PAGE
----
Is Modifying Child Support Something I Need a Lawyer To Do?
Written by: Megan Dell
Child support can be established almost immediately after a child is born, and the obligation generally continues until the child turns 18 and graduates from high school, whichever occurs later pursuant to S.C. Code Ann. Section 63-3-530(A)(17).
As we have previously described, child support is based upon:
- The number of children
- Custody and visitation arrangements
- Each parent’s gross income
- Alimony paid between the parents
- Any alimony or child support obligation the parents have (from a different relationship)
- The number of children living with each parent
- Health insurance premiums for the children
- Extraordinary medical expenses for the children
- Work-related childcare costs
Because a child support obligation continues for such a long period of time, it is reasonable to consider whether modification of the child support amount is appropriate at some time before a child is emancipated.
When can the Family Court modify child support?
In accordance with S.C. Code Ann. Section 63-17-320, the Family Court maintains jurisdiction to modify an award of child support. However, doing so requires showing an unanticipated change of circumstances substantially or materially affecting the family’s finances has occurred.
1 Change of Circumstances Must Be Unanticipated
When seeking to modify a child support obligation, you cannot rely on a change in circumstances that was known and expected when the original child support amount was established.
For example, in Thornton v. Thornton, 294 S.C. 512 (Ct. App. 1988), a request to increase a child support obligation due to the cost of braces was denied because the parties knew the child would need braces when the original child support order was entered. In Hawkins v. Hawkins, 403 S.C. 228 (Ct. App. 2013), the father’s request to reduce his child support obligation was denied because he had been terminated from his employment before agreeing to the child support amount and should have anticipated the potential he would remain unemployed.
Though changes in circumstance are expected to be unanticipated, there are two anticipated changes that frequently support modification of child support, specifically, when a child stops needing full-time childcare (such that the parents’ work-related childcare expense is significantly reduced) and when one child is emancipated but other children remain minors.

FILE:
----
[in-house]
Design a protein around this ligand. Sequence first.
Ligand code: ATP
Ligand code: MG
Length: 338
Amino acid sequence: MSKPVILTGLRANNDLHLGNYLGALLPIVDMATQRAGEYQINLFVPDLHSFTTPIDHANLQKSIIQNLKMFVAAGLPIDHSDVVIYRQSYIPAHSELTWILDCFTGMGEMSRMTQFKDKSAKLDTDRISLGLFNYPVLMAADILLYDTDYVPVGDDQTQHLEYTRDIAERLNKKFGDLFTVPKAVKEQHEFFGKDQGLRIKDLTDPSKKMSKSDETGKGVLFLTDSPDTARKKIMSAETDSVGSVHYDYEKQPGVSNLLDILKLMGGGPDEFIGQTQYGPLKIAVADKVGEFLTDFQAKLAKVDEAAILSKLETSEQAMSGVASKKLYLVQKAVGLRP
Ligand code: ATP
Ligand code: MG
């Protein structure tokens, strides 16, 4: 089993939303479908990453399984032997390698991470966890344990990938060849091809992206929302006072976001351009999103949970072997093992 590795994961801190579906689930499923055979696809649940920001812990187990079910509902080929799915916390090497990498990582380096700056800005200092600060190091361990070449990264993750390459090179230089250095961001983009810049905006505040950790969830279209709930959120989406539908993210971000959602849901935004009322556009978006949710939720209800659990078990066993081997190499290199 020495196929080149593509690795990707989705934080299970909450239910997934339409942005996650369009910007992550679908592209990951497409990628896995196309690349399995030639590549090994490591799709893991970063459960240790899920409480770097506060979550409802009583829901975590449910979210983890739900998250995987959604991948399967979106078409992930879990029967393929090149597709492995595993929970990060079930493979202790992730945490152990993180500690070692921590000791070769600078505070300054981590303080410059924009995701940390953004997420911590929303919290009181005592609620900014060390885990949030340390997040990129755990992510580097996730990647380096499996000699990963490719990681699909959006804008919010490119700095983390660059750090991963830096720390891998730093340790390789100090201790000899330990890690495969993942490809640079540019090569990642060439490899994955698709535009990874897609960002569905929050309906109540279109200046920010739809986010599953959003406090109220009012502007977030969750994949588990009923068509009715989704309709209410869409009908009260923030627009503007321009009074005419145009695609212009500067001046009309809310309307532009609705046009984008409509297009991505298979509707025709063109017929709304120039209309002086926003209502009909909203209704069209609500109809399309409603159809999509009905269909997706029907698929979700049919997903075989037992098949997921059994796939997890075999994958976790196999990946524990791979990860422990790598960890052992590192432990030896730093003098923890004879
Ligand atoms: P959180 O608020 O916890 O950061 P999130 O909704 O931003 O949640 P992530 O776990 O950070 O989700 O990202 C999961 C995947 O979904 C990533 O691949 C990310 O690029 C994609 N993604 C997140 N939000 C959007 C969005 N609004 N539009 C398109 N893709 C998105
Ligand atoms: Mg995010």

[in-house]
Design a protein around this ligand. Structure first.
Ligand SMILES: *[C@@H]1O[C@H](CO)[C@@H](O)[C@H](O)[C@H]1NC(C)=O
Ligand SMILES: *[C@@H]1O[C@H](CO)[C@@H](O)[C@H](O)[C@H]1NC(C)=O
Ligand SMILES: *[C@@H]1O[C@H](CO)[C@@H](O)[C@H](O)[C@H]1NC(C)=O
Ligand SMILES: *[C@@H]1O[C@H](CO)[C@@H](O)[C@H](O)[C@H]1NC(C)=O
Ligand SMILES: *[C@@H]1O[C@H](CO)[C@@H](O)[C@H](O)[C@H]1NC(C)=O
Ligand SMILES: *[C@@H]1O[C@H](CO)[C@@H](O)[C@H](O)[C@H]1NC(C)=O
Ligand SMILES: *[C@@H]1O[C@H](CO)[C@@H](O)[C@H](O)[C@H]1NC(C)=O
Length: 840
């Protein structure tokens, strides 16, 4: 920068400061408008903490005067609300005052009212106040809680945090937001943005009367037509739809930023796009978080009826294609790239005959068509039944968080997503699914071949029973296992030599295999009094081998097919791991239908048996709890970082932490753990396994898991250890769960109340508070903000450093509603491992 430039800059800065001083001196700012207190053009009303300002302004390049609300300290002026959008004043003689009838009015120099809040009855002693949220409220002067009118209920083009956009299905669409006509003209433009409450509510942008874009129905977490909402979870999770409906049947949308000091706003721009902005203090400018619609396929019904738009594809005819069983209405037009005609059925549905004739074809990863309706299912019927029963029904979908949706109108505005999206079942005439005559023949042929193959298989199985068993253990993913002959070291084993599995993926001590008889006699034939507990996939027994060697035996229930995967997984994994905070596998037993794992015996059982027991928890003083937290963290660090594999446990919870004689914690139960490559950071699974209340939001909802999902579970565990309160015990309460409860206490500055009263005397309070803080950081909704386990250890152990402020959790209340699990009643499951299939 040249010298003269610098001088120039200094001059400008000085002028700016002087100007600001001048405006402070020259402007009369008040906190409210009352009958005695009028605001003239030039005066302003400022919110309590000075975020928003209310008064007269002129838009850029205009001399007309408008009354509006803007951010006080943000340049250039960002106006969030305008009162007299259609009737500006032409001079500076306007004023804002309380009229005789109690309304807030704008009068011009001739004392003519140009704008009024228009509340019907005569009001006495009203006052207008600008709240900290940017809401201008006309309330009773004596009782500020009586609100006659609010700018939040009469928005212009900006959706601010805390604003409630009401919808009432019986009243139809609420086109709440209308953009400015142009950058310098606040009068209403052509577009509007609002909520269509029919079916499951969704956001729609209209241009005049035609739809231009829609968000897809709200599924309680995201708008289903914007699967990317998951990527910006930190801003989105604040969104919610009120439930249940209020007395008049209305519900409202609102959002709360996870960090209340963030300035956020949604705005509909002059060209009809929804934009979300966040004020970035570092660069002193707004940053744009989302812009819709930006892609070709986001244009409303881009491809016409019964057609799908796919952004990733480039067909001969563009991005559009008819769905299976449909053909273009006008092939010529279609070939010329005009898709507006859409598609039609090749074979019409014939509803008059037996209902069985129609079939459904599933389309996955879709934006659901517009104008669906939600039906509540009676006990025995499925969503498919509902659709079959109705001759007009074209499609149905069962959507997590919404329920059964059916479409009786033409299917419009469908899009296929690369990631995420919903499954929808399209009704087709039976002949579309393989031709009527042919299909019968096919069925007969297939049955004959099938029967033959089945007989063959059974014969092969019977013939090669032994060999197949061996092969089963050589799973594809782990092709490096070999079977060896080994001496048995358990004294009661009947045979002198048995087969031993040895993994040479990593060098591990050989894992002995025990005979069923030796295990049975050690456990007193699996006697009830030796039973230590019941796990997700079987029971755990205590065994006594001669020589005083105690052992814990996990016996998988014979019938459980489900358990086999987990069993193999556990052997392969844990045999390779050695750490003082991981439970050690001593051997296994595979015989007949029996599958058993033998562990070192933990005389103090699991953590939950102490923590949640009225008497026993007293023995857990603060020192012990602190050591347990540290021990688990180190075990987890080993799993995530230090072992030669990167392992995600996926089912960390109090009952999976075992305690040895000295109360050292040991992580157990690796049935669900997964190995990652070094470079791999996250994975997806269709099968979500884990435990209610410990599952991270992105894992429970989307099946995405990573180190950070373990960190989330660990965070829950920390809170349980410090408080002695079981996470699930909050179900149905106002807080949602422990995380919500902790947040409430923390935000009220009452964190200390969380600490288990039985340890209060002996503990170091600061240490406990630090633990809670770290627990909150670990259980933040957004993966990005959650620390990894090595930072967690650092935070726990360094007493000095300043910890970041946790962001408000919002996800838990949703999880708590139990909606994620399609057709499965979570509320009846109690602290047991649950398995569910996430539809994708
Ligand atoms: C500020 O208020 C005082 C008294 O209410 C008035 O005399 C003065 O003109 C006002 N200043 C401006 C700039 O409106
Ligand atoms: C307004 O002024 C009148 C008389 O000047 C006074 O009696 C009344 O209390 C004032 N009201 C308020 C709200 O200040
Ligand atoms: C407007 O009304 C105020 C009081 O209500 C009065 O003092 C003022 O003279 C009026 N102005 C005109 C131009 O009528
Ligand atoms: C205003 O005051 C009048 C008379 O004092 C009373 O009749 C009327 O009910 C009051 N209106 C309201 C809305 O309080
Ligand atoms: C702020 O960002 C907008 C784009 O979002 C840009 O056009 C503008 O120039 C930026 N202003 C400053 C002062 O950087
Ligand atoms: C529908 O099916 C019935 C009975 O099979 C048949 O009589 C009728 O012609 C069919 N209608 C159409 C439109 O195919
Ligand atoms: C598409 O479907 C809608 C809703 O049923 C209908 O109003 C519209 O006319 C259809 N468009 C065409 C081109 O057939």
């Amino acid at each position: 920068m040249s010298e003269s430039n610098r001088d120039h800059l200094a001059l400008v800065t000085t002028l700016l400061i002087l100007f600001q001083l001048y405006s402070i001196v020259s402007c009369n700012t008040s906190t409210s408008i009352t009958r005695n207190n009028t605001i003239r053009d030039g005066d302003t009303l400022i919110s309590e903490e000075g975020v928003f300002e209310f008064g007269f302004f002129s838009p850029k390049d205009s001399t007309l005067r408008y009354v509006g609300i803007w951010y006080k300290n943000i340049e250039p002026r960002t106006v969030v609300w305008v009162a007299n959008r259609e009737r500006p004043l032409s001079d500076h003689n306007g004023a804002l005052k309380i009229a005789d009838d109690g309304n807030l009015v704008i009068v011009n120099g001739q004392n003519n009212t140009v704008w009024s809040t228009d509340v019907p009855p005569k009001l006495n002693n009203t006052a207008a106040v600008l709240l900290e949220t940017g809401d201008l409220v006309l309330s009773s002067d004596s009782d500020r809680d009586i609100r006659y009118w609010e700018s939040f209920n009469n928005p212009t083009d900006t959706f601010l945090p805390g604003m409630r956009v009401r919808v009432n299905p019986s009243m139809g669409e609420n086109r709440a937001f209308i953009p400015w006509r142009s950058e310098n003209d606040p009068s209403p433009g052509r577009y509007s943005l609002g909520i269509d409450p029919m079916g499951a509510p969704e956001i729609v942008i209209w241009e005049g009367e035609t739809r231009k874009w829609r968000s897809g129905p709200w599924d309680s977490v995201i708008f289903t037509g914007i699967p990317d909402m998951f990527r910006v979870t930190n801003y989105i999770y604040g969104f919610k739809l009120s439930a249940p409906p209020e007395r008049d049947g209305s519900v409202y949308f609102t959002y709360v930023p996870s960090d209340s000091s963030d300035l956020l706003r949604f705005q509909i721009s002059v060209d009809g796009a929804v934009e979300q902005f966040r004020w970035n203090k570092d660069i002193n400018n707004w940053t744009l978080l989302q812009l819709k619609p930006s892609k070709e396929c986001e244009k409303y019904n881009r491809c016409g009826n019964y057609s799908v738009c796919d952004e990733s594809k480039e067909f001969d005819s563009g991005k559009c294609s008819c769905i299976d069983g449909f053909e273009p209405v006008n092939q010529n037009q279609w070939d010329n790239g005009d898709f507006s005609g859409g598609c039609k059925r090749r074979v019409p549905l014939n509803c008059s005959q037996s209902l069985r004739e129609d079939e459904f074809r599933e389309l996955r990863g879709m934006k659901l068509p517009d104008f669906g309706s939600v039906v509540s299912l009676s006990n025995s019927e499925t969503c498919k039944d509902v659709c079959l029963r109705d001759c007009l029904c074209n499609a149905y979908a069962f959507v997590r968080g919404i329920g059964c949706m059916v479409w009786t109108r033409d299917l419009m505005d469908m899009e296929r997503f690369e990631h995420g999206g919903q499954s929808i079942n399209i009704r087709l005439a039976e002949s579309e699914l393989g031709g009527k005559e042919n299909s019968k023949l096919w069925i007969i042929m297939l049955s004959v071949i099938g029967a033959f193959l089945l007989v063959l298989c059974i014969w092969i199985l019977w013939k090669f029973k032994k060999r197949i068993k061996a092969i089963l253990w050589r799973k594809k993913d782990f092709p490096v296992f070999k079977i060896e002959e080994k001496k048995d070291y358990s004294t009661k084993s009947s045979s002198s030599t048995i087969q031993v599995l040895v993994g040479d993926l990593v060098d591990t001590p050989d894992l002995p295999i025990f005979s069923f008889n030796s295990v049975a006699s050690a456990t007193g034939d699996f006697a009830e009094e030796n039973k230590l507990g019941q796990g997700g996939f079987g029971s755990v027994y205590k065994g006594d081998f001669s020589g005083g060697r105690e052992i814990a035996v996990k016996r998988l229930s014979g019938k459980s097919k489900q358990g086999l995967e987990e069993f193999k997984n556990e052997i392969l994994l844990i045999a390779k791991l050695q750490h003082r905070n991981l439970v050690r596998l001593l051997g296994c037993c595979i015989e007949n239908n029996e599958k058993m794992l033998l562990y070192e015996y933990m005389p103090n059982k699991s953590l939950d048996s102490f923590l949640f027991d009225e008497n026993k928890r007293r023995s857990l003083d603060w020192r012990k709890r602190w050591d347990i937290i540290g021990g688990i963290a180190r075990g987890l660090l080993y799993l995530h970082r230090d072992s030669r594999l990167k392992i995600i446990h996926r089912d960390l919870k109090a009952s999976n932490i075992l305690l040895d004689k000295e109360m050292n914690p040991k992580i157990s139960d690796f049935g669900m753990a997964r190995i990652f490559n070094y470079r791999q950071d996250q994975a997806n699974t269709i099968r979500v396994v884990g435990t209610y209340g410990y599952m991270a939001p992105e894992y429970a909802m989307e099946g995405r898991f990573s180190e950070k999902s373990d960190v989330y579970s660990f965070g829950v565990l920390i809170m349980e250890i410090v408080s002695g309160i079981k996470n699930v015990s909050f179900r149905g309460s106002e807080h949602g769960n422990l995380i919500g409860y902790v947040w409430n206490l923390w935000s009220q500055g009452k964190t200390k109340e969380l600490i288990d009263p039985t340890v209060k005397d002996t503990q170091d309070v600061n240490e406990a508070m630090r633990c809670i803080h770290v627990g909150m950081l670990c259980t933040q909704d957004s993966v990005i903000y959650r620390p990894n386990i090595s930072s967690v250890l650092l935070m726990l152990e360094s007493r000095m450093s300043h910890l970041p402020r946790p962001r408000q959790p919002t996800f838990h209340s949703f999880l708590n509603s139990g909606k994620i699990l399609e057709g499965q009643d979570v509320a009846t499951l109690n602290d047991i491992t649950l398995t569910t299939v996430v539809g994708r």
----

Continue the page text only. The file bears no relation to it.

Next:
2 Change of Circumstances Must Be to Either the Child’s Needs or the Parents’ Finances
A modification of child support requires a proper showing of a change in either the child’s needs or the supporting parent’s financial ability. Moseley v. Mosier, 279 S.C. 348 (1983).
Examples of changes to a child’s needs being used to support a modification of child support include increased extraordinary medical expenses, the need for orthodontic work, and the need to obtain psychiatric care for a child’s mental condition.
Neither a substantial improvement in one parent’s earning capacity, nor a reduction in earning power by the other parent, will necessarily result in modification of a child support obligation.
3 Change of Circumstances Must Be Substantial or Material
Generally, the change in circumstances must be either substantial or material to justify modification of a child support obligation. Calvert v. Calvert, 287 S.C. 130 (Ct. App. 1985). This tends to mean the expenses related to the child’s needs either significantly increase (or decrease), or the parents’ financial circumstances have markedly changed.
An additional basis for modifying child support occurs when there is a meaningful change in the custody and visitation schedule, such that the time the children spends with each parent changes.
Decreasing Child Support is Harder than Increasing It
A decrease in the income of the parent paying child support does not justify a reduction in the child support obligation unless the parent paying child support can prove they can no longer make the support payments.
The Family Court is much more likely to increase a child support obligation than it is to decrease it, primarily because the Court does not want children to be negatively impacted.
In contrast, “[i]f both parents’ incomes increase disproportionately so that a recalculation of child support…would result in a significant change in the parents’ relative child support obligations, the child support order should be modified.” Stucky, R., Marital Litigation in South Carolina (4th ed.).
How A Lawyer Can Help Your Child Support Modification Case
An experienced Family Court lawyer understands how the law can be applied to the specific facts of your case. They can also help you collect evidence to show the change of circumstances necessary for the Family Court to award you a modification of child support.
Schedule a consultation with one of the attorneys of Dell Family Law to learn more about whether a child support modification is appropriate for your circumstances.